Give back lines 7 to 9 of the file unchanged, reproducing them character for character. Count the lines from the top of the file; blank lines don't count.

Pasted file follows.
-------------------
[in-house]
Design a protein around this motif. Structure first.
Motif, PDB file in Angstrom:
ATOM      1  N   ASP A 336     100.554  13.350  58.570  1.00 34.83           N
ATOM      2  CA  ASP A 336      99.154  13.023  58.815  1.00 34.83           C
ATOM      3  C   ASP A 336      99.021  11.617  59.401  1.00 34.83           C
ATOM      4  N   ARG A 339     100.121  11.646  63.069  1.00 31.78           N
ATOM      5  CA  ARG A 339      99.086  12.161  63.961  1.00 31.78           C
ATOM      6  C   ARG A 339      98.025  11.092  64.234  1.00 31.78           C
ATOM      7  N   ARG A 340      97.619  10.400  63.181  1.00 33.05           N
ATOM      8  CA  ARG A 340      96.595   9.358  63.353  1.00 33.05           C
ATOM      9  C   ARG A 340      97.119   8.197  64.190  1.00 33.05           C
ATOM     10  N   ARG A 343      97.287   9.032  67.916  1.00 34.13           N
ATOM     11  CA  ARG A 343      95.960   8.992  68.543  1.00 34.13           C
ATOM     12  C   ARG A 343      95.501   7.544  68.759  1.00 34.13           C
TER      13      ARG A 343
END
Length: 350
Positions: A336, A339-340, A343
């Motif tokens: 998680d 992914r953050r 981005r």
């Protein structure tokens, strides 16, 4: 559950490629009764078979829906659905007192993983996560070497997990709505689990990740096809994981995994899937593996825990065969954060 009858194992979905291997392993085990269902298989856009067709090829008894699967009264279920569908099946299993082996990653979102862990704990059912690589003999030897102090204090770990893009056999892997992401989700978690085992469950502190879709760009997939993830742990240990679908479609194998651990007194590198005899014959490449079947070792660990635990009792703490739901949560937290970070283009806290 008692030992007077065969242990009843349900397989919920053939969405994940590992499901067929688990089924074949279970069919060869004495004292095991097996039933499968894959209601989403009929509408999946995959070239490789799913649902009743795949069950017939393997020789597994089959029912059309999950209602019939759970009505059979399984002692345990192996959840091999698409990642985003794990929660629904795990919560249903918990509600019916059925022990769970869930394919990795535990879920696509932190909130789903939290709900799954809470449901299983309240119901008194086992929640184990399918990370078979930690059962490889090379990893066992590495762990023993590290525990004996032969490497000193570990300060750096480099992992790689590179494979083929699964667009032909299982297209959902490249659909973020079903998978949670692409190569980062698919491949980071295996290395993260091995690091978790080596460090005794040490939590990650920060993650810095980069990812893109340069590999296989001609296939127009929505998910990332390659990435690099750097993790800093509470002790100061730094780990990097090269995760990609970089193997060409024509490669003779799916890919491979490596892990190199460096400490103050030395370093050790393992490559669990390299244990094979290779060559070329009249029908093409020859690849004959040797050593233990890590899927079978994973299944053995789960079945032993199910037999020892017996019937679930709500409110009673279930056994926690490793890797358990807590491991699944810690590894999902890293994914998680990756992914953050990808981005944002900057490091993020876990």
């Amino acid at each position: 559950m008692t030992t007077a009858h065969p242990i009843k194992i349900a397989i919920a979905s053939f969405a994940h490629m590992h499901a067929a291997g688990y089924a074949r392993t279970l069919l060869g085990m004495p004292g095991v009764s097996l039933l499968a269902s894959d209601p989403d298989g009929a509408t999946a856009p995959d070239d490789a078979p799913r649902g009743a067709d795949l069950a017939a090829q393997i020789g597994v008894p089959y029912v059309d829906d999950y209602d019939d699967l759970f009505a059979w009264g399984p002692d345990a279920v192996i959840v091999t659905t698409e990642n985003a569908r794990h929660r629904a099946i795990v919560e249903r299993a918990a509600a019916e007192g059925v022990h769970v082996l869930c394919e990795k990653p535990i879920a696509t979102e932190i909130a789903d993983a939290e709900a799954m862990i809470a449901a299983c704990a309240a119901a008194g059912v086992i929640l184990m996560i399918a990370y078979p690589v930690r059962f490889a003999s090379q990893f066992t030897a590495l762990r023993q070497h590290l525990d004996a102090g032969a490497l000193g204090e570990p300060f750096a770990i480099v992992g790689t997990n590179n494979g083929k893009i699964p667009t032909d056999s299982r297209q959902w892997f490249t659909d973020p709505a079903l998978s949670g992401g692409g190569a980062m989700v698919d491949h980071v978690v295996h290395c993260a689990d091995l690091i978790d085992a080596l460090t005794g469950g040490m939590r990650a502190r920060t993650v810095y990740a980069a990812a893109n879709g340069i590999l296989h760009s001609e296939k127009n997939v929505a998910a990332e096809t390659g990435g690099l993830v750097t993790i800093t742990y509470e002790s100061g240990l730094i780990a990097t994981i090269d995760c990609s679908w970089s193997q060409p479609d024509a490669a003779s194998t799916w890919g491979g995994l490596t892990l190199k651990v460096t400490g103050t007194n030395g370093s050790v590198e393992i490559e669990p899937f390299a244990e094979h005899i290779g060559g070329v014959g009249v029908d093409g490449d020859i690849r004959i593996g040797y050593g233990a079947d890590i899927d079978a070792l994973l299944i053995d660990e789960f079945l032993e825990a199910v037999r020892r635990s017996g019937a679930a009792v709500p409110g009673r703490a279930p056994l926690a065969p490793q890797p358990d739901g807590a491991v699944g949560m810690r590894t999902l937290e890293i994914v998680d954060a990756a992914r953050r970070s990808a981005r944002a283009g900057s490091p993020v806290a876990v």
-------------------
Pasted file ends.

ATOM      4  N   ARG A 339     100.121  11.646  63.069  1.00 31.78           N
ATOM      5  CA  ARG A 339      99.086  12.161  63.961  1.00 31.78           C
ATOM      6  C   ARG A 339      98.025  11.092  64.234  1.00 31.78           C